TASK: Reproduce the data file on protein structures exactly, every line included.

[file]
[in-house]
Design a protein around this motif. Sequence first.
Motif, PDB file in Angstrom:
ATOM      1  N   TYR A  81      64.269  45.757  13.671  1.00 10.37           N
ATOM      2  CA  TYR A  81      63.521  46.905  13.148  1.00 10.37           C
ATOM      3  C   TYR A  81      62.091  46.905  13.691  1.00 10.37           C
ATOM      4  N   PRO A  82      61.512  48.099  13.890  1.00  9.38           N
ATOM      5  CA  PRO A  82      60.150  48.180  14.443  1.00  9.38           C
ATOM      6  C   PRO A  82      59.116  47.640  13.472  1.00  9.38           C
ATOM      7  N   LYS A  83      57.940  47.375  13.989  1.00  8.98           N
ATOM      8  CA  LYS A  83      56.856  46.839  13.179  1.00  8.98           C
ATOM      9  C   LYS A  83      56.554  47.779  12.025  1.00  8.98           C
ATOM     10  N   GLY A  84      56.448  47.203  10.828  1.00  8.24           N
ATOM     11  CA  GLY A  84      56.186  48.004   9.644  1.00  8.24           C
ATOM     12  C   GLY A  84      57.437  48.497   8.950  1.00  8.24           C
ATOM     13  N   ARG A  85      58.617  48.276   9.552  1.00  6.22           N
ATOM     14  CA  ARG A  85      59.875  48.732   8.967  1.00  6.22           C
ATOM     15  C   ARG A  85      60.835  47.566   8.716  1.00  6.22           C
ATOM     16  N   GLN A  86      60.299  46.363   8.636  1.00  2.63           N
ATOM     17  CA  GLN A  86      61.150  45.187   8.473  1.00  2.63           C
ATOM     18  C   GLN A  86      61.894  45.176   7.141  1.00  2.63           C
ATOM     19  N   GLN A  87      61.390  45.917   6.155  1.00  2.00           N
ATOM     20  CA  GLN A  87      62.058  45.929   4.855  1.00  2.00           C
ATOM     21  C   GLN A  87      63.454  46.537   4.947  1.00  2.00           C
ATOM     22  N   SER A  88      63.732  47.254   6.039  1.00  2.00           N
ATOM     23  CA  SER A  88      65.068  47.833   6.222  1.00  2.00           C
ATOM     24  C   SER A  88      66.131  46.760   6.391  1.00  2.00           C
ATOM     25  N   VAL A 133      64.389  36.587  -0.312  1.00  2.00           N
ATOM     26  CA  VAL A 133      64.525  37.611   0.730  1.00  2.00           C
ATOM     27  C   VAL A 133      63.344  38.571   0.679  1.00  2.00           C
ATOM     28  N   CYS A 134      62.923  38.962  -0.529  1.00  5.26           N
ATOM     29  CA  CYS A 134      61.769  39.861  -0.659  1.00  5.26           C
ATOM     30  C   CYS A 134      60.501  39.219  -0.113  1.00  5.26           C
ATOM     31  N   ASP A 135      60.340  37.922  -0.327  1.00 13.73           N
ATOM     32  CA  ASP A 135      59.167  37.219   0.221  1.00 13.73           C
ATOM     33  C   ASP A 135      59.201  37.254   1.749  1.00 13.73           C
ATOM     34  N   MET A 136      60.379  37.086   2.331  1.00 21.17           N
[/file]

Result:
[in-house]
Design a protein around this motif. Sequence first.
Motif, PDB file in Angstrom:
ATOM      1  N   TYR A  81      64.269  45.757  13.671  1.00 10.37           N
ATOM      2  CA  TYR A  81      63.521  46.905  13.148  1.00 10.37           C
ATOM      3  C   TYR A  81      62.091  46.905  13.691  1.00 10.37           C
ATOM      4  N   PRO A  82      61.512  48.099  13.890  1.00  9.38           N
ATOM      5  CA  PRO A  82      60.150  48.180  14.443  1.00  9.38           C
ATOM      6  C   PRO A  82      59.116  47.640  13.472  1.00  9.38           C
ATOM      7  N   LYS A  83      57.940  47.375  13.989  1.00  8.98           N
ATOM      8  CA  LYS A  83      56.856  46.839  13.179  1.00  8.98           C
ATOM      9  C   LYS A  83      56.554  47.779  12.025  1.00  8.98           C
ATOM     10  N   GLY A  84      56.448  47.203  10.828  1.00  8.24           N
ATOM     11  CA  GLY A  84      56.186  48.004   9.644  1.00  8.24           C
ATOM     12  C   GLY A  84      57.437  48.497   8.950  1.00  8.24           C
ATOM     13  N   ARG A  85      58.617  48.276   9.552  1.00  6.22           N
ATOM     14  CA  ARG A  85      59.875  48.732   8.967  1.00  6.22           C
ATOM     15  C   ARG A  85      60.835  47.566   8.716  1.00  6.22           C
ATOM     16  N   GLN A  86      60.299  46.363   8.636  1.00  2.63           N
ATOM     17  CA  GLN A  86      61.150  45.187   8.473  1.00  2.63           C
ATOM     18  C   GLN A  86      61.894  45.176   7.141  1.00  2.63           C
ATOM     19  N   GLN A  87      61.390  45.917   6.155  1.00  2.00           N
ATOM     20  CA  GLN A  87      62.058  45.929   4.855  1.00  2.00           C
ATOM     21  C   GLN A  87      63.454  46.537   4.947  1.00  2.00           C
ATOM     22  N   SER A  88      63.732  47.254   6.039  1.00  2.00           N
ATOM     23  CA  SER A  88      65.068  47.833   6.222  1.00  2.00           C
ATOM     24  C   SER A  88      66.131  46.760   6.391  1.00  2.00           C
ATOM     25  N   VAL A 133      64.389  36.587  -0.312  1.00  2.00           N
ATOM     26  CA  VAL A 133      64.525  37.611   0.730  1.00  2.00           C
ATOM     27  C   VAL A 133      63.344  38.571   0.679  1.00  2.00           C
ATOM     28  N   CYS A 134      62.923  38.962  -0.529  1.00  5.26           N
ATOM     29  CA  CYS A 134      61.769  39.861  -0.659  1.00  5.26           C
ATOM     30  C   CYS A 134      60.501  39.219  -0.113  1.00  5.26           C
ATOM     31  N   ASP A 135      60.340  37.922  -0.327  1.00 13.73           N
ATOM     32  CA  ASP A 135      59.167  37.219   0.221  1.00 13.73           C
ATOM     33  C   ASP A 135      59.201  37.254   1.749  1.00 13.73           C
ATOM     34  N   MET A 136      60.379  37.086   2.331  1.00 21.17           N